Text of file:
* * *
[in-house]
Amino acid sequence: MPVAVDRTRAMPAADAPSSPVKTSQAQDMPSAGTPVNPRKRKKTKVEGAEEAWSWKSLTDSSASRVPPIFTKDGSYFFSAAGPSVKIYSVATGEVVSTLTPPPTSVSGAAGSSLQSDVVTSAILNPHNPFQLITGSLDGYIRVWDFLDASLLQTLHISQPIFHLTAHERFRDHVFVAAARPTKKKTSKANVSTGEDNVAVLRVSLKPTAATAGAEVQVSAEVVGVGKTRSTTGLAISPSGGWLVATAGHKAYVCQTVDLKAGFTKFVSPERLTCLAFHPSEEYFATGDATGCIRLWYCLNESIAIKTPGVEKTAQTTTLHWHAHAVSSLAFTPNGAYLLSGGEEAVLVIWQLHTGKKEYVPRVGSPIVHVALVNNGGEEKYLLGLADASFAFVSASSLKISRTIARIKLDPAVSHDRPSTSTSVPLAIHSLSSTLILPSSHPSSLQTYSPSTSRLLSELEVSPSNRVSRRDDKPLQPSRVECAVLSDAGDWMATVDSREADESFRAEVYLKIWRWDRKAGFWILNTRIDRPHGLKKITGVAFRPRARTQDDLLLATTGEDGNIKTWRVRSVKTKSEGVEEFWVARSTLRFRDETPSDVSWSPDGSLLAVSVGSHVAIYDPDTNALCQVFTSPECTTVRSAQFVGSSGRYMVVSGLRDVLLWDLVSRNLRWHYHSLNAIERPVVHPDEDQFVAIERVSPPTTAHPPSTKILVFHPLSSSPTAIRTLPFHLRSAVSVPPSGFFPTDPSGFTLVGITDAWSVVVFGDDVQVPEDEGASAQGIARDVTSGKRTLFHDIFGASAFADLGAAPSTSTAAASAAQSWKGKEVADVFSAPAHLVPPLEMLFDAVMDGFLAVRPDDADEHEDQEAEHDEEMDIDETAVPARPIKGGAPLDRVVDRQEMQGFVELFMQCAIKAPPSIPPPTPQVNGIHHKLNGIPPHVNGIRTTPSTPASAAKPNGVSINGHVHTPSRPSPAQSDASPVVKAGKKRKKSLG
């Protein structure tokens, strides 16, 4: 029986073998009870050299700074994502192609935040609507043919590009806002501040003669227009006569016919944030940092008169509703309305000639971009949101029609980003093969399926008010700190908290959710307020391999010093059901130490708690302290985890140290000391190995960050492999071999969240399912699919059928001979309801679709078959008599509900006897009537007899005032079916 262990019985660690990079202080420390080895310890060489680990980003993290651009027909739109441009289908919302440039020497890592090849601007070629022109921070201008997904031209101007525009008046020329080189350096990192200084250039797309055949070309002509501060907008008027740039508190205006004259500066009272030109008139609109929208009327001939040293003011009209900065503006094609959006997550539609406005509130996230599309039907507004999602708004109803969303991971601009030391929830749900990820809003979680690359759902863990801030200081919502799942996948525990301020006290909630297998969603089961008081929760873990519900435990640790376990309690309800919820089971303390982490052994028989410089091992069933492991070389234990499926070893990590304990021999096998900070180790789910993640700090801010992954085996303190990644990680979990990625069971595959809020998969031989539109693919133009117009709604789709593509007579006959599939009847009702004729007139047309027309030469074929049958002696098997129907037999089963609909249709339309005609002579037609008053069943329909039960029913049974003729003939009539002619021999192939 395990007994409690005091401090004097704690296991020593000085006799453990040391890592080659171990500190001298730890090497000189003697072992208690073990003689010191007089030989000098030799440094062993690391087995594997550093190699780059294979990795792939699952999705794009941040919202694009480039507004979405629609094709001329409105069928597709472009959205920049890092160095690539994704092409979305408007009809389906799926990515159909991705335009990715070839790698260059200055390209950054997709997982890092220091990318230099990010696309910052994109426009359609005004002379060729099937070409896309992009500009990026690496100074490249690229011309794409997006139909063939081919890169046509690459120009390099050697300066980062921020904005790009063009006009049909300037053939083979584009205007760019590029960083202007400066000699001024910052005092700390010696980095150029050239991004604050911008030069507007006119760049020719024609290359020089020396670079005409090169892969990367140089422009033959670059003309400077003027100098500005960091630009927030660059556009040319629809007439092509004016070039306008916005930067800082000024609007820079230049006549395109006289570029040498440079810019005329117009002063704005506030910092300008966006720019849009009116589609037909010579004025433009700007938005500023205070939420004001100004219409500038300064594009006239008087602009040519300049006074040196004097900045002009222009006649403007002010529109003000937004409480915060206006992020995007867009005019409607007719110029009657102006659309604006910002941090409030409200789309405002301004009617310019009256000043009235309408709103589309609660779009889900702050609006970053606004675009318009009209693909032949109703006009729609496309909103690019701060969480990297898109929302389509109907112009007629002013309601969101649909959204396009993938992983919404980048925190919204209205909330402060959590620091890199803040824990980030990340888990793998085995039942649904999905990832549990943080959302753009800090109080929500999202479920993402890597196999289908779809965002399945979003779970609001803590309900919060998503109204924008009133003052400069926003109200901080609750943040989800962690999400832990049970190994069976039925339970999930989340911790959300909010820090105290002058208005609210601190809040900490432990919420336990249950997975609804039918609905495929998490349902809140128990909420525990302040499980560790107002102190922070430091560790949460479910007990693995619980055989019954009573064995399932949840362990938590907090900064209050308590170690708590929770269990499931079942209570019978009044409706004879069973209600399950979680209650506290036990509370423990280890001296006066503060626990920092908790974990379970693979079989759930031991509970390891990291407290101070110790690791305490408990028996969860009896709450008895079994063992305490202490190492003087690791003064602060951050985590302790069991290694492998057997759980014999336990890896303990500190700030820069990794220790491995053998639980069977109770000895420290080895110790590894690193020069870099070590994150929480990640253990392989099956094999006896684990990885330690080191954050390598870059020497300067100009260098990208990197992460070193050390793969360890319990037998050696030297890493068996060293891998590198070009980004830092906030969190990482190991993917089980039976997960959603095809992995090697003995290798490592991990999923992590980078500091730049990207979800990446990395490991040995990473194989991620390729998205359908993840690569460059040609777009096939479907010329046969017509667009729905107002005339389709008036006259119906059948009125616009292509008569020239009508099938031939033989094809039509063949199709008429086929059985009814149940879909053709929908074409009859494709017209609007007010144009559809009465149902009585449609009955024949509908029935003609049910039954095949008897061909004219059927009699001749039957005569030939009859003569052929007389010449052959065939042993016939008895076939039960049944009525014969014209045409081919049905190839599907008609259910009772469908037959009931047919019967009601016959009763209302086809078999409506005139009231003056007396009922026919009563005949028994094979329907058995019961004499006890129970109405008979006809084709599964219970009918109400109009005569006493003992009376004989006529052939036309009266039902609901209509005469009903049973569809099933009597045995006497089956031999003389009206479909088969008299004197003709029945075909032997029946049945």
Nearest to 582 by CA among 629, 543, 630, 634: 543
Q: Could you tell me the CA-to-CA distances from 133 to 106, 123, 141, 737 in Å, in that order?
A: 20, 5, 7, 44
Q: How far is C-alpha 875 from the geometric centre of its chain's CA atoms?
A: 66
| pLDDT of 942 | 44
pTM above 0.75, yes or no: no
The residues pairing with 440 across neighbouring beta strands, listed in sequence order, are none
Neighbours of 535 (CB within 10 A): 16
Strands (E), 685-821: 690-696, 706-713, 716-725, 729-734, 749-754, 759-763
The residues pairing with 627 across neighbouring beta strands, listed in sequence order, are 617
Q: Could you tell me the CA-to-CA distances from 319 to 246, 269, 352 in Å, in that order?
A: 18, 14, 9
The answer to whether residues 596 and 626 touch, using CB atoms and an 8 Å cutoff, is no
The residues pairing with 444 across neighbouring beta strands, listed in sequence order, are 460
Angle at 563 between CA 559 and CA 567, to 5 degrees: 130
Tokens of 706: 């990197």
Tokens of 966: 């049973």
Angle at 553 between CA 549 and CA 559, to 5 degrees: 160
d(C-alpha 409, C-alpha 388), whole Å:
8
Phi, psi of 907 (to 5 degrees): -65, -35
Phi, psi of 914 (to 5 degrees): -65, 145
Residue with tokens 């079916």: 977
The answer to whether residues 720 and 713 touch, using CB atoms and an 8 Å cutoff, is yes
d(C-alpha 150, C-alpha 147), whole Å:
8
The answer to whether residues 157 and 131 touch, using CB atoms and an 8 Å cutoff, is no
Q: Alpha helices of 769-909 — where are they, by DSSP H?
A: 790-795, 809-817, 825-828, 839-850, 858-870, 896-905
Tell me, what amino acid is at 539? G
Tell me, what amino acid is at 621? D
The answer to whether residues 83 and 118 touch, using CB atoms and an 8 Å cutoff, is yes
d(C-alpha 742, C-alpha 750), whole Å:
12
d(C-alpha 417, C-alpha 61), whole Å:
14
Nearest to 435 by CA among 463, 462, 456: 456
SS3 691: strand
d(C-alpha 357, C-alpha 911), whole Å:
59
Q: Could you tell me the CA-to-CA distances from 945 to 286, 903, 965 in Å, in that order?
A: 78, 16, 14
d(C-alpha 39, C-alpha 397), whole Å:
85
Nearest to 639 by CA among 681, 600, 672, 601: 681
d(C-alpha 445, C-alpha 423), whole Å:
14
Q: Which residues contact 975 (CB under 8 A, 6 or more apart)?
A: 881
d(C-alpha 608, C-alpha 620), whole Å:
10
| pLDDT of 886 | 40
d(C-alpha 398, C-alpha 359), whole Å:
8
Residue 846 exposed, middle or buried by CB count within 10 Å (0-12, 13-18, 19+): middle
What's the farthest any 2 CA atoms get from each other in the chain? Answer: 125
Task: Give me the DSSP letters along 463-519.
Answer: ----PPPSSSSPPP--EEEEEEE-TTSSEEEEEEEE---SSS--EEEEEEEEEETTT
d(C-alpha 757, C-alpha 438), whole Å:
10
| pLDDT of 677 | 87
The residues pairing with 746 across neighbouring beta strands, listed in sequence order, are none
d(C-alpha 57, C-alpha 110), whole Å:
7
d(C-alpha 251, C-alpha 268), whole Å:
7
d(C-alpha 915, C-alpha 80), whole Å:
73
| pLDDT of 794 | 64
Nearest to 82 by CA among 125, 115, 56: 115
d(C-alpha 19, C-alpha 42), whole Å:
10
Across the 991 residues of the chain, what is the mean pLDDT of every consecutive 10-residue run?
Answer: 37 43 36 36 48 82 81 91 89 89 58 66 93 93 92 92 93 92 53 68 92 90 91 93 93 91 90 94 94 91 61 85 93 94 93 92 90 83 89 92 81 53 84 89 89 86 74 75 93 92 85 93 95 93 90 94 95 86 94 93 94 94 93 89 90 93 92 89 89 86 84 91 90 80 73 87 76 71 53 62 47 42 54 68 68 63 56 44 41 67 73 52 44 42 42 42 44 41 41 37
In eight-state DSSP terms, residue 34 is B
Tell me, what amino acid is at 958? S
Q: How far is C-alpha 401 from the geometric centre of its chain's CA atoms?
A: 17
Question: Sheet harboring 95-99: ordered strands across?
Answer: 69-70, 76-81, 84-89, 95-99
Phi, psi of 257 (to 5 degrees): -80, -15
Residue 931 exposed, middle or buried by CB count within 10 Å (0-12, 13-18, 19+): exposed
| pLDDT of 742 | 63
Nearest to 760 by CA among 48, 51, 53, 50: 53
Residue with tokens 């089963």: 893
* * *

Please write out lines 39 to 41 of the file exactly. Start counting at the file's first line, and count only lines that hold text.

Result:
d(C-alpha 417, C-alpha 61), whole Å:
14
Nearest to 435 by CA among 463, 462, 456: 456